Some fans have claimed that including "King Grizzlebeard/Thrushbeard" here is a bad thing, since the tale is seen as misogynistic for supposedly shaming women into submitting to men. In reality Helena wasn't punished for mocking her suitors and not wanting to marry any of them... but for being an immature, stuck-up and needlessly cruel Royal Brat who treated people like shit when they didn't deserve it.
Similarly, some fans apply Draco in Leather Pants to none other than Bluebeard and blame Josephine for being his target. Sure, Josephine did go through Acquired Situational Narcissism after marrying him and being suddenly showered in riches, but it still doesn't compare to Bluebeard killing the women he married before her and then trying to murder her for finding out.
The stepmother from "The Six Swans" crossed into "truly irredeemable" either when she killed her husband the king, or when she kidnapped the princess's infant son, leaving him for dead, and made it look like she ate him.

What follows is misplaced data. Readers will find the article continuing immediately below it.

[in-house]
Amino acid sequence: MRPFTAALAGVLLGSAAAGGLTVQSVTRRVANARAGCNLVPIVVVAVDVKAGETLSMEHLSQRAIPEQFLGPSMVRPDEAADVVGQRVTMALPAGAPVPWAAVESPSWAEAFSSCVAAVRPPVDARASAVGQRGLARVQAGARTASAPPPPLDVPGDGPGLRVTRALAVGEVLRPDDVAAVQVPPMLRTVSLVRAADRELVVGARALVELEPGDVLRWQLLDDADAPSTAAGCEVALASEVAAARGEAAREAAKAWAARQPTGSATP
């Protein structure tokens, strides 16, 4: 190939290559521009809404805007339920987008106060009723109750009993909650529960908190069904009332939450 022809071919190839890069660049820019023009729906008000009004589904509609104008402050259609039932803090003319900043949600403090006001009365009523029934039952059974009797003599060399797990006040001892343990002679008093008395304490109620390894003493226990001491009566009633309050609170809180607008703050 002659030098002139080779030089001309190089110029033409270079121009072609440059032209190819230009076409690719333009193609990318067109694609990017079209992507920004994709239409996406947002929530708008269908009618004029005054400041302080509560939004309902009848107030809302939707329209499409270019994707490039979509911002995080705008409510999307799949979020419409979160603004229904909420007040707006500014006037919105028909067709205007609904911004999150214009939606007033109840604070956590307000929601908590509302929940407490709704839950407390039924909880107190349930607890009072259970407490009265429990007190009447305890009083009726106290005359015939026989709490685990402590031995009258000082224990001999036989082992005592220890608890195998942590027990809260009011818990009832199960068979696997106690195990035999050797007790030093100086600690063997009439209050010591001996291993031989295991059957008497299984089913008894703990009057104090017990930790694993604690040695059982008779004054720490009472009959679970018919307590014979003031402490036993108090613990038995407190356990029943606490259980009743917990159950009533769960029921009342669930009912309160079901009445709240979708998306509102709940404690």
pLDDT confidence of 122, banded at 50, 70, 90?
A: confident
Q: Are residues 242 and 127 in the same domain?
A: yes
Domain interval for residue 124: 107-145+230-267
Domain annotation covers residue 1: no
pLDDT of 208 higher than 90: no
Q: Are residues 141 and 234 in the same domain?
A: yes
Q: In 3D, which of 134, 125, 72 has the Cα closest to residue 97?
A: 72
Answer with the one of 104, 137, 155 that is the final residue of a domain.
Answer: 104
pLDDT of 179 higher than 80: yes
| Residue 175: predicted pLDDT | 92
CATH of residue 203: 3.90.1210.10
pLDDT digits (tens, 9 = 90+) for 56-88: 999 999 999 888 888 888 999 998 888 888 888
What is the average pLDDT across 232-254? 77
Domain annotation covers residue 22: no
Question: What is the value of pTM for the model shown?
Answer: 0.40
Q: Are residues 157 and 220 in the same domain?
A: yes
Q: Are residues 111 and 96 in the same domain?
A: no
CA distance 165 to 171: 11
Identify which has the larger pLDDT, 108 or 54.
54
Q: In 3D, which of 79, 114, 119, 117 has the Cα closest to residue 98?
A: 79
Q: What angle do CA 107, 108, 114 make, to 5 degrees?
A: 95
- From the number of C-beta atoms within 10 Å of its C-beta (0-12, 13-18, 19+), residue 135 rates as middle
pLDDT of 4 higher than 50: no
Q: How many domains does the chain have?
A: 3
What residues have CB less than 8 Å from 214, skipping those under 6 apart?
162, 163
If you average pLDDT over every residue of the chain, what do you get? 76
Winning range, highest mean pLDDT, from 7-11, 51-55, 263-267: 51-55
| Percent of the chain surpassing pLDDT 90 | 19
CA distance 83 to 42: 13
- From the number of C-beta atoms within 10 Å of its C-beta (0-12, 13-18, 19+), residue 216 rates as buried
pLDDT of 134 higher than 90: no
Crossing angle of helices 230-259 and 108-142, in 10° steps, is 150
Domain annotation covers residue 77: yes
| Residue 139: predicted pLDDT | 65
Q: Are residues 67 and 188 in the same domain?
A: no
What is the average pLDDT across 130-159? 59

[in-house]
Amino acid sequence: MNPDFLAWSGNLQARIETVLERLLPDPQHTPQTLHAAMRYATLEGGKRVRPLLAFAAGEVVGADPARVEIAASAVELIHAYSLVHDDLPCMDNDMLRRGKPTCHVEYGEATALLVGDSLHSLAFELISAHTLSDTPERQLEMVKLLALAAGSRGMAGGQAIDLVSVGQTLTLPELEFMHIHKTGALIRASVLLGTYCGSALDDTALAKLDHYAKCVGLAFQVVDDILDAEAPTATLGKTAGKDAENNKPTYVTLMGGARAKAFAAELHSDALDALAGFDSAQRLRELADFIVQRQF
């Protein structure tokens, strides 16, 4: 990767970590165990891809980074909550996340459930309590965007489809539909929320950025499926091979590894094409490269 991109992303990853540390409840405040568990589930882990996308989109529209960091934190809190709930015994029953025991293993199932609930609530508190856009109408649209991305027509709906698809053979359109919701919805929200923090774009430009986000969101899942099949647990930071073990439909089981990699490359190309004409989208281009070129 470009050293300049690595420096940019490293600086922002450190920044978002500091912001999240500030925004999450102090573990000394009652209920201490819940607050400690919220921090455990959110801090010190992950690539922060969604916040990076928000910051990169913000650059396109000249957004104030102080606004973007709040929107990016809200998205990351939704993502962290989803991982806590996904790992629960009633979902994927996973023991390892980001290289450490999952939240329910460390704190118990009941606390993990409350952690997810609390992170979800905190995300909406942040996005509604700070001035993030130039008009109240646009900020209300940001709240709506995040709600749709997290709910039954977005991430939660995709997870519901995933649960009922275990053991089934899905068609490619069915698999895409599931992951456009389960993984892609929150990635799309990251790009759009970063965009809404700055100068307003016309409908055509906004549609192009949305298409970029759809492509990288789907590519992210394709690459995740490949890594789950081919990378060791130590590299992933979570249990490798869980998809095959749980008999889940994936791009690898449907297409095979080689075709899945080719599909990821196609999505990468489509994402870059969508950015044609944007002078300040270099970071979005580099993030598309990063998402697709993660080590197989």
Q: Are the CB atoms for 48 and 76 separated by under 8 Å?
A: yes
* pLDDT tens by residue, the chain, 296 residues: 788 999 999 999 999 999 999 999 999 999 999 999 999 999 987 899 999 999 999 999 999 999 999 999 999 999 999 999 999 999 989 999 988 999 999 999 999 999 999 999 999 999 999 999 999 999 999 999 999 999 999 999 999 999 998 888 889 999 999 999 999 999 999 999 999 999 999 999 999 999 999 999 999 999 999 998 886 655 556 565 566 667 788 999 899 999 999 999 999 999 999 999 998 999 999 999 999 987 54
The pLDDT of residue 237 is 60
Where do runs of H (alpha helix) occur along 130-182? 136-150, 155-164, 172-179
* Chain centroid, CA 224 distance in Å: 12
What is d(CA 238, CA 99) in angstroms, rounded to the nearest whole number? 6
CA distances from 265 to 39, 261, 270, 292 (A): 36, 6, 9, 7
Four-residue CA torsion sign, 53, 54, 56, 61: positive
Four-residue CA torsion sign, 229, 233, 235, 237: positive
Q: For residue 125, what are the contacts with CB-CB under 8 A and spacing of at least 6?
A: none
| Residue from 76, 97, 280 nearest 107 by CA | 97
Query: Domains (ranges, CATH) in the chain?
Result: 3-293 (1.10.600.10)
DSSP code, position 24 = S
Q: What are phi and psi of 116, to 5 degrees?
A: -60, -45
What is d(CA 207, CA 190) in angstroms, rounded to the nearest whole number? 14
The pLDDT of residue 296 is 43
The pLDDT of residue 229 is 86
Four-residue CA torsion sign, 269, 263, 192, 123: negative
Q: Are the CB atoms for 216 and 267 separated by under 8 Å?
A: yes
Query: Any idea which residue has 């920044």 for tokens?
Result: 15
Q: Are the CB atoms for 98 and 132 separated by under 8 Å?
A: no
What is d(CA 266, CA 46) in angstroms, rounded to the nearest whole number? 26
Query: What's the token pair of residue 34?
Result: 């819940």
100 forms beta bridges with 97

The witch in "Rapunzel" crosses it when not only she cuts Rapunzel's hair off with a knife, but beats her with her walking stick and comes dangerously close to killing her and her unborn son. And not only that, but unlike in the original where the Prince falls off the tower on his own, she pushes him off the window.
It was bad enough when the original Wicked Stepmother from Brother and Sister killed Rose aka the Queen/Sister and had her replaced with her own daughter, but it wasn't not much better in the anime version when she "only" captured Rose... but then not only she took her to a very creepy mountain, but mocked her when she woke up and was horrified at her terrible situation.
Jorinde's song in "Jorinde and Joringel". The lyrics use certain phrases like "Flower Power" which sound incredibly awkward and out of place.
I am but a little bird and you can see me fly I'm just a little bird, my love for you can fill the sky At the appointed hour, remember love has power So never fear should you shed a tear Remember the red flower Your love's magic lies in Flower Powernote There are few variations of the song with slightly different lyrics. This is the first variation heard.
In "The Six Swans", the Hot Witch's Karmic Death becomes this because it's so very stupid. Who the fuck tries to attack other people with wind magic while standing next to a not-fully out pyre?!
Popular with Furries: The Wolf from Little Red Riding Hood and Mrs. Fox from The Marriage of Mrs. Fox have some recognition amongst the furry fandom. Mrs. Fox's cute cat maid also gets attention, being a totally loveable Genki Girl.